International Women’s Day: Temple-Song-Hearts music group and more


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What can one say after such beautiful music? Except that it helps explain why I write in favour of freedom of religion and religious tolerance, because only when these things flourish can we enjoy the fruits. Here, the fruits are beautiful music and a presentation filled with light by women who come from different countries across a borderless Europe. But did you notice what language they are singing in? The language is Bengali, which was Sri Chinmoy’s mother tongue.

When the world is at peace and there is freedom of movement, people are free to gather what they find beautiful and meaningful from the world’s cultures, to create something uniquely their own. What wonderful music with which to celebrate International Women’s Day!

Now, I’m going to switch gears, because this Women’s Day happens to be the 15-year anniversary of a groundbreaking event. In March 2004, members and supporters of Sri Chinmoy Centre began a discussion focused on women’s issues, with women sharing how they came to Sri Chinmoy’s spiritual “path of the heart,” what it means to them, what their daily lives are like, whether it’s a safe path to follow, how spiritual seekers are viewed by society, and overcoming negative stereotypes.

The need for such a discussion perhaps requires explanation. Many Americans (and indeed, people around the world) have a good working knowledge of things like how to drive a car and get a license, how to do their taxes, how to finance their homes, how to carry on a trade or business, as well as the rules for popular sports like baseball, basketball, and football. They also have some knowledge of politics and world affairs, which they get from newspapers, TV, and (increasingly) the Internet.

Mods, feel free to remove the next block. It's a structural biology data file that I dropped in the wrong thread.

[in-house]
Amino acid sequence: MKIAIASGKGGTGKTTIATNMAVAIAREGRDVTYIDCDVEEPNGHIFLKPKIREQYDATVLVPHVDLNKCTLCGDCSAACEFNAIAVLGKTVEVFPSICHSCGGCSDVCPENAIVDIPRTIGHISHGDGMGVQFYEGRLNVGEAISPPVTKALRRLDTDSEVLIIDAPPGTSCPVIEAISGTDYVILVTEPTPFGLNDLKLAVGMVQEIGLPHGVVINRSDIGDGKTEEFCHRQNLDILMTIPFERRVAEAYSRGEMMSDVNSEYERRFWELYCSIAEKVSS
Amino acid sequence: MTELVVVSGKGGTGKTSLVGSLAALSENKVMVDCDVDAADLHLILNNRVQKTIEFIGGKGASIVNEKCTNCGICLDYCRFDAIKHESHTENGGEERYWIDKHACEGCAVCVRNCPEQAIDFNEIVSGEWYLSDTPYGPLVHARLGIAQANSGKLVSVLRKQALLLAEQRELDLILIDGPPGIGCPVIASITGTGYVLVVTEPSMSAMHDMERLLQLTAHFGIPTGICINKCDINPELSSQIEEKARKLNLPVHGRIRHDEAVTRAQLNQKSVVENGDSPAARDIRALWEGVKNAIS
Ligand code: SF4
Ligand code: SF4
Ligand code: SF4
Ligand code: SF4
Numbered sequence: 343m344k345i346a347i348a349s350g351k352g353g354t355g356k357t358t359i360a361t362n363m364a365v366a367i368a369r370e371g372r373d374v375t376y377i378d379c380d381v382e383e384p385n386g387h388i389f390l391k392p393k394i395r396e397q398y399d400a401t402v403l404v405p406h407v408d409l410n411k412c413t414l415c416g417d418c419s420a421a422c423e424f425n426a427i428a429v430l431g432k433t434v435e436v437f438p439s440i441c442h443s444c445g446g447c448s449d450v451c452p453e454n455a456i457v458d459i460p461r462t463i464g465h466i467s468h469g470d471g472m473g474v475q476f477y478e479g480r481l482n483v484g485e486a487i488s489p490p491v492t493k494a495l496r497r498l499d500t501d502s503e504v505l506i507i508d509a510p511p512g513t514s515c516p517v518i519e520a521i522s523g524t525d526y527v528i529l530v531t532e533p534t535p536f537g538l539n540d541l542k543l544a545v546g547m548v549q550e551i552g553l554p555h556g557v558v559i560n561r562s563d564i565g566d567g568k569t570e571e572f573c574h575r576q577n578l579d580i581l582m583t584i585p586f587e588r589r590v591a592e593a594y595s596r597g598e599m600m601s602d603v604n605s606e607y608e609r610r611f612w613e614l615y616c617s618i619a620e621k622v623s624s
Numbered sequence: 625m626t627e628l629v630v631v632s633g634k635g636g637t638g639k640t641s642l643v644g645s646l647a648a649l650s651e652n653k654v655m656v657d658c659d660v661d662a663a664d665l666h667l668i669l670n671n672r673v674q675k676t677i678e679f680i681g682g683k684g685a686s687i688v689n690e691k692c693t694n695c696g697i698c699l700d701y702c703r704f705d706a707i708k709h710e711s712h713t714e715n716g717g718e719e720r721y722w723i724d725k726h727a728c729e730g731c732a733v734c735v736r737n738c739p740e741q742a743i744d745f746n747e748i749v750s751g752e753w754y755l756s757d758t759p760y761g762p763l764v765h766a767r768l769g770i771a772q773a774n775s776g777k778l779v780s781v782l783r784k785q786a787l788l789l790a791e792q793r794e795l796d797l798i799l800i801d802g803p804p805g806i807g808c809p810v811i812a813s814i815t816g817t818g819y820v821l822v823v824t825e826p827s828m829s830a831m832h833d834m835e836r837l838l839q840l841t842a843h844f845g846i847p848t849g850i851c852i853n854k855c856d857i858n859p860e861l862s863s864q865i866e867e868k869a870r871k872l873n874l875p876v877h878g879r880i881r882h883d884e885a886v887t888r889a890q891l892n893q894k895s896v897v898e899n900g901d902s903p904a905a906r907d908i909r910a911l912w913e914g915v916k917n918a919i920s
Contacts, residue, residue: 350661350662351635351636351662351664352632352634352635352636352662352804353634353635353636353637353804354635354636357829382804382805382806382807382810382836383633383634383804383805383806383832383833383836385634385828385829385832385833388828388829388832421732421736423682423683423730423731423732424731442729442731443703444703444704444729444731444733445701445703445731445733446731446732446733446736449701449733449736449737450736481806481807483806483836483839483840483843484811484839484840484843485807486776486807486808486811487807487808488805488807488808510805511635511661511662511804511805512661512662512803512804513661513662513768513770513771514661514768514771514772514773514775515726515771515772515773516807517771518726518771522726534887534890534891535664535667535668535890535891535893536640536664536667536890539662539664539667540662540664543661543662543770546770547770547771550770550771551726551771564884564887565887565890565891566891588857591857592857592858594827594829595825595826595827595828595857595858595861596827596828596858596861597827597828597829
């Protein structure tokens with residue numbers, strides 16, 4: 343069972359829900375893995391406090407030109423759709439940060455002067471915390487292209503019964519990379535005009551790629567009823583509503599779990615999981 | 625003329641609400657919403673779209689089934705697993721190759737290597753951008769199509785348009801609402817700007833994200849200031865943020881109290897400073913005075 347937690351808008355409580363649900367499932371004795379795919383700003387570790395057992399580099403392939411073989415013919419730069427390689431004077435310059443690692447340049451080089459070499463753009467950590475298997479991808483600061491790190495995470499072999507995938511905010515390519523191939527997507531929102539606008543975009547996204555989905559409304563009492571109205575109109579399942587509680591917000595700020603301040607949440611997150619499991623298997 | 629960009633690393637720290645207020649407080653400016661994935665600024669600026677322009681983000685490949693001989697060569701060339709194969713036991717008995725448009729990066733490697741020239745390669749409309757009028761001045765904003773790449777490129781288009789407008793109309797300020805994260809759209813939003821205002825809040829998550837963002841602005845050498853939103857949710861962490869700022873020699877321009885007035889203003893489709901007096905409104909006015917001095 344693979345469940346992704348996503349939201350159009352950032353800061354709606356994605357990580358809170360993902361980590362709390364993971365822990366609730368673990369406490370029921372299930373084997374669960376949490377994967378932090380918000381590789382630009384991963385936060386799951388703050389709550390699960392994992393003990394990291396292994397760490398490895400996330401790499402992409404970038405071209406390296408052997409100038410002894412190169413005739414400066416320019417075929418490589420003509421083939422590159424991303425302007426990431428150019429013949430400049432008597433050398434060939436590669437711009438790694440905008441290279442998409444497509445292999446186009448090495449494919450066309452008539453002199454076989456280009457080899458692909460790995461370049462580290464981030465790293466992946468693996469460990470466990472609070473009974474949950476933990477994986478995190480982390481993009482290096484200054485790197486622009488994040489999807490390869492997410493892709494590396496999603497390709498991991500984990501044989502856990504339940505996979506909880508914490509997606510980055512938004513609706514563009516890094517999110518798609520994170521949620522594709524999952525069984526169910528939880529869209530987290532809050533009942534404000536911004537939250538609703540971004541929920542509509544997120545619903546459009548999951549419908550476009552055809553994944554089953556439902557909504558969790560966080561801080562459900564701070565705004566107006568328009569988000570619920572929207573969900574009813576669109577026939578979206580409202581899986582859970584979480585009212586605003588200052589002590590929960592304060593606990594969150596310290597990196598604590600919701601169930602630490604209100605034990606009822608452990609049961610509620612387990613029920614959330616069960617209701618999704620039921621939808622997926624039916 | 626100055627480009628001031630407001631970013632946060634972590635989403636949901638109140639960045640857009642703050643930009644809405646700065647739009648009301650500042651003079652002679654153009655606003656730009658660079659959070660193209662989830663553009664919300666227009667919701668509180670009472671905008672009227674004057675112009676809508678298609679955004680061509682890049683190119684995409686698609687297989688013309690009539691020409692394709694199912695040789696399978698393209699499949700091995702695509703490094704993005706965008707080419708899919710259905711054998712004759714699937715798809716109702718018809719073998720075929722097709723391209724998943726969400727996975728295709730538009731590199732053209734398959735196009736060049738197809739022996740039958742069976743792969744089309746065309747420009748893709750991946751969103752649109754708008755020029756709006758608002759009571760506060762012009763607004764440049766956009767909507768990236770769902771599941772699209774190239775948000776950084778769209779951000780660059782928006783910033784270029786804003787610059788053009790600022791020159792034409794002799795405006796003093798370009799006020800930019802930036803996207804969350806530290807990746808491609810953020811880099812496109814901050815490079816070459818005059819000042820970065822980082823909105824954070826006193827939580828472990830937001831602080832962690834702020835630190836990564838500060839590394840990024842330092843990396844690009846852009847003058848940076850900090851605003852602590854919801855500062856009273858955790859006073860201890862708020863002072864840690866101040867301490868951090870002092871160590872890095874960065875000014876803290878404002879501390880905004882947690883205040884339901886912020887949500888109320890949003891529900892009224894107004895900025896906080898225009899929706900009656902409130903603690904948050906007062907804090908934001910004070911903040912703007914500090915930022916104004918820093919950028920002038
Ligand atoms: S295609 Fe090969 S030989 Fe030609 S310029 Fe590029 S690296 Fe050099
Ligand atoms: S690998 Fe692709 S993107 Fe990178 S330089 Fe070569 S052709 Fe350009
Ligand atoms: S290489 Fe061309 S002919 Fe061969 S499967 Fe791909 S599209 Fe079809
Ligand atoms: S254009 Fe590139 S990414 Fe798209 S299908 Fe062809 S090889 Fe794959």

Yet, over the decades there has developed a split between the secular sphere and the religious or spiritual sphere. These two spheres were originally meant to work together to foster the experience of life as a coherent whole. Business and government would be conducted largely in the secular sphere, while each individual would be free to join the church, synagogue, or temple of his or her choosing (or none at all). People who made similar choices would form church groups or spiritual communities of various sorts. This did not put them at odds with the secular sphere, because the two were complementary. (Ideally, they still are.)

Without over-analyzing the phenomenon, if we fast-forward to today we can see that the secular sphere and the religious sphere often seem to be at odds. Much of life in the mainstream is now lived in the secular sphere, and those who make spiritual choices are often portrayed as the “religious other” — to be distrusted, feared, even hated and discriminated against. How society came to this point is a long story, and a great many books have been written on the subject.

My purpose here is not to assign blame, but simply to observe some of the symptoms, and to point out that education is one of the cures. I will then provide excerpts from the 2004 Sri Chinmoy “Question For The Women” discussion thread as an example of how better information about spiritual groups can lead to a lessening of tensions and misunderstandings. Continue reading

Temple-Song-Hearts 1991 Concert

Celebrating International Women’s Day with Music

The contributions made to daily life by women around the world can never be quantified. Some women contribute to their local communities, while others go a step further by spreading their peace and joy to other nations through music.

Such is the case with Temple-Song-Hearts, a women’s music group which first formed in 1987 in the United Kingdom, and has since developed an increasingly international flavour.